According to a recent analysis by the Rio Grande Foundation, Doña Ana Community College (DACC) is New Mexico’s low-cost leader when it comes to higher education. This is certainly praiseworthy and laudable, but it brings up even more questions.
1) What can other institutions of higher ed learn from DACC?
2) How can those institutions maximize student (and taxpayer) value by leveraging the resources of DACC and other low-cost providers:
3) What information can and should the schools share to explain why some are so much more efficient than others?
4) Would students be better off if funding was directed to them in the form of a voucher rather than “trickled down” through the higher ed bureaucracy?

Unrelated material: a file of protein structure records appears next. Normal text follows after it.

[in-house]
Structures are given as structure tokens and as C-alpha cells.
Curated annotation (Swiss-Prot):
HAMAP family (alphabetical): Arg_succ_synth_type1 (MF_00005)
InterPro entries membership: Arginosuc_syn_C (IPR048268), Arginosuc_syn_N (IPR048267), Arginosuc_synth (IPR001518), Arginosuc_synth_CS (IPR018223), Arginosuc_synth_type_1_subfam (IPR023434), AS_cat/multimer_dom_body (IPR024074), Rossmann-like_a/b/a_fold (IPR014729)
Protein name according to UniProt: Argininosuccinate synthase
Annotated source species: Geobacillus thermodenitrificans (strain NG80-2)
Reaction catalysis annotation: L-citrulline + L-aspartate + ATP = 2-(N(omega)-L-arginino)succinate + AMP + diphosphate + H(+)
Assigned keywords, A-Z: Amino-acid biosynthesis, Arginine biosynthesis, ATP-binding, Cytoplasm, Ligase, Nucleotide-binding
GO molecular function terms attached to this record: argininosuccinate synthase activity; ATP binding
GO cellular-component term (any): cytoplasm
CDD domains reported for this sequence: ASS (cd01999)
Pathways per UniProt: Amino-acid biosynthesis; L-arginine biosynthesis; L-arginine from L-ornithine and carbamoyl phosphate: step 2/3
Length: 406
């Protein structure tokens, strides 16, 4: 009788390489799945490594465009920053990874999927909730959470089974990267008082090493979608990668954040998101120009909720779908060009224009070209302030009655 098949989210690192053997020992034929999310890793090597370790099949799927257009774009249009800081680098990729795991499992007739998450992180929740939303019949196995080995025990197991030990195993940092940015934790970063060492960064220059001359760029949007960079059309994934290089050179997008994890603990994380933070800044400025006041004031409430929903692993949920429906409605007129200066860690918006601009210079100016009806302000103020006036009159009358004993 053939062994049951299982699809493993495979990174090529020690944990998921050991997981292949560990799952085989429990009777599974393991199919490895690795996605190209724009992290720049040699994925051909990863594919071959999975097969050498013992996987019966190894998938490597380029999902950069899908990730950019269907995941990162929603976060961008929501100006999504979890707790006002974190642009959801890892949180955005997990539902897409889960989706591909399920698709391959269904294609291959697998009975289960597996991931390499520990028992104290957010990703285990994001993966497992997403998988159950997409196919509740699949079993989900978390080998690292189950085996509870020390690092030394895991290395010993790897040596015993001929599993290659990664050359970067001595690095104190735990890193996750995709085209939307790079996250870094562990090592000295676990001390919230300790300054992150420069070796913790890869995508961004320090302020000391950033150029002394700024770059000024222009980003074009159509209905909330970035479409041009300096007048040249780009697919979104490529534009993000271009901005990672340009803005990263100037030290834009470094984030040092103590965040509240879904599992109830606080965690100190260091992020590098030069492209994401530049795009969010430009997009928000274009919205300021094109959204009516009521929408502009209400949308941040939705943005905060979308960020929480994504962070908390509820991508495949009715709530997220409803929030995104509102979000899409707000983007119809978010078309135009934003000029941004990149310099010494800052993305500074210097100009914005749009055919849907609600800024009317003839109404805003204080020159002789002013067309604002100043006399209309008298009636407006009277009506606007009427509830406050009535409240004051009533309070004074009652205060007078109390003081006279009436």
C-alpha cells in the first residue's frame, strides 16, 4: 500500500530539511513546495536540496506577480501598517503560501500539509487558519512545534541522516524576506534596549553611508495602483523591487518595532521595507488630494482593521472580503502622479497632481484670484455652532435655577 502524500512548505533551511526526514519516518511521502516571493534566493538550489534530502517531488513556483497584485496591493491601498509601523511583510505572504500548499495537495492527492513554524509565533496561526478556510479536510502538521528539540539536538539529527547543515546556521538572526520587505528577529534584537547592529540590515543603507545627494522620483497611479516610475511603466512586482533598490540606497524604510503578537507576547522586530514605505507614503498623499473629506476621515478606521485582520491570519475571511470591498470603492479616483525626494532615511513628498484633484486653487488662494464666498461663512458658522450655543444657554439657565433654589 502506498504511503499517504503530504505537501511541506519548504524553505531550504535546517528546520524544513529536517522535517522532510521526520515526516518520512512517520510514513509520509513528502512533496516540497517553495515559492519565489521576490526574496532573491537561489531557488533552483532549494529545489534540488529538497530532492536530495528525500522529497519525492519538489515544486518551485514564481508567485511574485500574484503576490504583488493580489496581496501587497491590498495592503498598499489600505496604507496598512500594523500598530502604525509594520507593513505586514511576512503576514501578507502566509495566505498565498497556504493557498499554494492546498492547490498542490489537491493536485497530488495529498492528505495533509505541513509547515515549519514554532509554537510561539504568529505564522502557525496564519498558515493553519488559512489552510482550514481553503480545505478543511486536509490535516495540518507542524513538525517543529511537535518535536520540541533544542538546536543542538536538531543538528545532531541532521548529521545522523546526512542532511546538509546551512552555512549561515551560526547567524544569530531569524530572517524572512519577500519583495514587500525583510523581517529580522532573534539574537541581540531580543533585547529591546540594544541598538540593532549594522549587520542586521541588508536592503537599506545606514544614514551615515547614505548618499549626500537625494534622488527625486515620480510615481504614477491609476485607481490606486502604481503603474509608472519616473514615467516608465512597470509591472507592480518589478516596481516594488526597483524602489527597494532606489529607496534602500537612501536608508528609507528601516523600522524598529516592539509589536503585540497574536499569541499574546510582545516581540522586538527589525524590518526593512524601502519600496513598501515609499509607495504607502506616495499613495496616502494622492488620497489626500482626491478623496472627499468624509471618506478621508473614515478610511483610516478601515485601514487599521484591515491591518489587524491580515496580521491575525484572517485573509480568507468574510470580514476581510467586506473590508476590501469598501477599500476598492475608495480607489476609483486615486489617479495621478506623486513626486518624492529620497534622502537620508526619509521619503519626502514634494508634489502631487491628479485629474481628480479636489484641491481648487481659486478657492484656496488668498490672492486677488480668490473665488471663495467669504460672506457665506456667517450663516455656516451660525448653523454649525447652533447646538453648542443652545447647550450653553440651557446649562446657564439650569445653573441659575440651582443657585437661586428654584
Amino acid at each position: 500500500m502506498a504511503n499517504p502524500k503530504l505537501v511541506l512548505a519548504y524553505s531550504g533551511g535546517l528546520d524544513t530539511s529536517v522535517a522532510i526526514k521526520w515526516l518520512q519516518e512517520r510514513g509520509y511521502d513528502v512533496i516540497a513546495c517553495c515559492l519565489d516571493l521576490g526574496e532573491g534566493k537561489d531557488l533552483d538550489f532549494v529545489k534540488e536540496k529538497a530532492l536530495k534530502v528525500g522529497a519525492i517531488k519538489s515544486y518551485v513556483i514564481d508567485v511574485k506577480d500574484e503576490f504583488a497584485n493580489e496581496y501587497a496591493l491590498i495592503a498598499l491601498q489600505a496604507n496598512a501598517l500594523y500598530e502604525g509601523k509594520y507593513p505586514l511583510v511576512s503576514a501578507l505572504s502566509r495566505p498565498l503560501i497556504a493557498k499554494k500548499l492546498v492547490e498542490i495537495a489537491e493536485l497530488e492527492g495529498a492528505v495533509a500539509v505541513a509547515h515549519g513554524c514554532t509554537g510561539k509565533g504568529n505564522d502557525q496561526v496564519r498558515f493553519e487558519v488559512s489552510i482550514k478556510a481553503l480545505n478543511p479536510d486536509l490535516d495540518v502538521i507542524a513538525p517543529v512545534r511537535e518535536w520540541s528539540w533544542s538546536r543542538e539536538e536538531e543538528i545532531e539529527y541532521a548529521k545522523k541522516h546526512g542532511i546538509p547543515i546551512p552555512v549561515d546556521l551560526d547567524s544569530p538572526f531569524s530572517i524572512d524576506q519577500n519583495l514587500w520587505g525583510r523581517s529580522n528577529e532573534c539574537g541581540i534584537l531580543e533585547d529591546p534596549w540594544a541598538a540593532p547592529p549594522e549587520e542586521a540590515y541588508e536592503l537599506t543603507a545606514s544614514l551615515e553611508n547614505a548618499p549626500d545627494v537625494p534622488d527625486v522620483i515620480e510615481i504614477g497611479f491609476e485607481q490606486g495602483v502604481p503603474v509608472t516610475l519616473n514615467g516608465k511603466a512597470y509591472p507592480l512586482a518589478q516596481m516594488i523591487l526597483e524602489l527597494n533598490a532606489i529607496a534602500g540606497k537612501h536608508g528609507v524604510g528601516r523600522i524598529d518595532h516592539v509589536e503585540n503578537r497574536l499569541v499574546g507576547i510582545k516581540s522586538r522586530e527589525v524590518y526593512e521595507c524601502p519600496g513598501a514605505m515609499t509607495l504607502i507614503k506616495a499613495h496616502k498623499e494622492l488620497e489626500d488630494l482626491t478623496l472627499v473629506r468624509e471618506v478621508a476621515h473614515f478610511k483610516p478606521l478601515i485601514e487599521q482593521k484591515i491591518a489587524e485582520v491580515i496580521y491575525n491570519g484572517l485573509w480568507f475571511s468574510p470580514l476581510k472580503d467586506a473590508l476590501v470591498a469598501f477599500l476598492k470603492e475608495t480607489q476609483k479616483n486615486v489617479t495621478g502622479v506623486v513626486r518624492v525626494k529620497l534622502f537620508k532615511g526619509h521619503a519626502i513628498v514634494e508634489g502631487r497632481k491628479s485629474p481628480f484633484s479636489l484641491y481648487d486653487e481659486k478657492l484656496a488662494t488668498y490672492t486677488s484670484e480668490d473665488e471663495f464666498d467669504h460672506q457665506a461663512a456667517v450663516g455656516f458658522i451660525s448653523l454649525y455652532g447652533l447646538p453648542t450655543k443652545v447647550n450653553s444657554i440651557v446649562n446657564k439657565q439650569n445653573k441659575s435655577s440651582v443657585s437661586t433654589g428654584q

Higher education is just one area of New Mexico budget that is in need of serious reform, but it is a worthwhile place to start. We can take a moment to congratulate DACC for doing something right and hopefully learn what that something (or those somethings) are.
2 Replies to “Becoming the Low-Cost Leader in Higher Education”
You forgot to note that private colleges are much more expensive than public colleges.
All the money in the world won’t get a kid to learn…it just creates apathetic teachers. Children can learn with a chalk board, too. Children need to be excited about learning and see the value of it…and we need trade schools, vouchers, charter schools. We need Jeb Bush’s plan. It worked in Florida, it can work here. something’s got to be done. Half the NM kids drop out of high school and do what? Become dependent on the system to take care of them either in jail or who knows where? So it’s expensive to create this scenario?